In my wanders through the many pages of the Internets, I came across several things that really boggled my mind, now I like to consider myself reasonably well read and that I have a pretty good grasp on the English language, and only want to throttle it occasionally.
I do understand that for some people English is a bit hard to grasp hold of and that it is filled with words that look alike, but have vastly different meanings, for the average person I can understand making a mistake, but when I come across certain words on a professional business site, as well as within the confines of a published authoritative piece, I start to wonder.
The three words that have garnered my attention for the most amazing misuse within recent memory are COMMENSURATE, COMMISERATE and COMMEMORATE.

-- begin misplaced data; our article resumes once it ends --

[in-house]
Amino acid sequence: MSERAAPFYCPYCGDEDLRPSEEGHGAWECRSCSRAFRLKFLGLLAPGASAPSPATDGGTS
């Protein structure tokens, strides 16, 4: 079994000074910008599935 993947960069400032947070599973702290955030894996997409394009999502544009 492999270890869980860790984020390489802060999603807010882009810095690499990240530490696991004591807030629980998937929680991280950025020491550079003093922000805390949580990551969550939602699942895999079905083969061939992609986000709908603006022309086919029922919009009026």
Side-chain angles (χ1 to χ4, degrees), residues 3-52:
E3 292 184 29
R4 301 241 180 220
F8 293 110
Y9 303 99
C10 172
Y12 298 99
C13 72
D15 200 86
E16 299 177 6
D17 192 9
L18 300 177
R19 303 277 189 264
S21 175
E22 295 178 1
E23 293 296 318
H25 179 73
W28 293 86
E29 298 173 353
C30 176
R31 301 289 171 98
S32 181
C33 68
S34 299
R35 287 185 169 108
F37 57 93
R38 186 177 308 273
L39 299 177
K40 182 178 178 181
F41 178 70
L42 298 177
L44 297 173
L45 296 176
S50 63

- having the same measure; of equal extent or duration.
- corresponding in amount, magnitude, or degree: Your paycheck should be commensurate with the amount of time worked.
- proportionate; adequate.
- having a common measure; commensurable.
- to feel or express sorrow or sympathy for; empathize with; pity.
- to serve as a memorial or reminder of
- to honor the memory of by some observance
- to make honorable mention of.
So when I saw a business offering a sale for the ANZAC day long weekend holiday with the banner:-
“To commiserate the ANZAC long weekend, all items 20% off”.
I nearly fell out of my chair, that word, it does not mean what you think it means.
I started to wonder if this was just an isolated incident, but Google got me many hundreds if not thousands of cases where people have used these three words interchangeably, I saw lots of questions posed along the lines of :
“Is your pay commemorate with your experience?”
“We gathered to commensurate the occasion with a few drinks and a song or two”
If anyone feels like commiserating with me over the commensurate angst I felt upon reading all those errors, then we could commemorate the occasion with a wild HUZZAH or two.